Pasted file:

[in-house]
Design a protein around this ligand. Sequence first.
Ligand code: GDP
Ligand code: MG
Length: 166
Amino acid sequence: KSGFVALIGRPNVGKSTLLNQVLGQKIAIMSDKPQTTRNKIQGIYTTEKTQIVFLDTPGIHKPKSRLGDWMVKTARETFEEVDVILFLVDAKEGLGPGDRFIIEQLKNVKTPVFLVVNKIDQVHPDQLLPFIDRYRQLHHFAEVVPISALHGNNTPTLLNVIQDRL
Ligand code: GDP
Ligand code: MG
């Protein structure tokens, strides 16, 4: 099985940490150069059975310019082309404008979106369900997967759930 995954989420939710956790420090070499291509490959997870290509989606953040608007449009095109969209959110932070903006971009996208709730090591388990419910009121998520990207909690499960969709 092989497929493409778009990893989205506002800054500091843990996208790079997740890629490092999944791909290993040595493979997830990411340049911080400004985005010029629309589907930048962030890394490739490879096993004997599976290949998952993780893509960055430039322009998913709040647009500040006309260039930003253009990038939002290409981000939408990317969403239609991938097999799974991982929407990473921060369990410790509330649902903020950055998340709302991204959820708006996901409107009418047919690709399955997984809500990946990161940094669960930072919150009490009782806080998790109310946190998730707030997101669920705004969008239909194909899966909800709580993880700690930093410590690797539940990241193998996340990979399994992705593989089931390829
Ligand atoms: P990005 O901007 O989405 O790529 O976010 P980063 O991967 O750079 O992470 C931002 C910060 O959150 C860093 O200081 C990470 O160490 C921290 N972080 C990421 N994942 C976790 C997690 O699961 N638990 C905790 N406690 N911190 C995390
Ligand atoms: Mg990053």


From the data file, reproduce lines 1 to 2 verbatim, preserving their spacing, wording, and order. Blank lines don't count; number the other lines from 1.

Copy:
[in-house]
Design a protein around this ligand. Sequence first.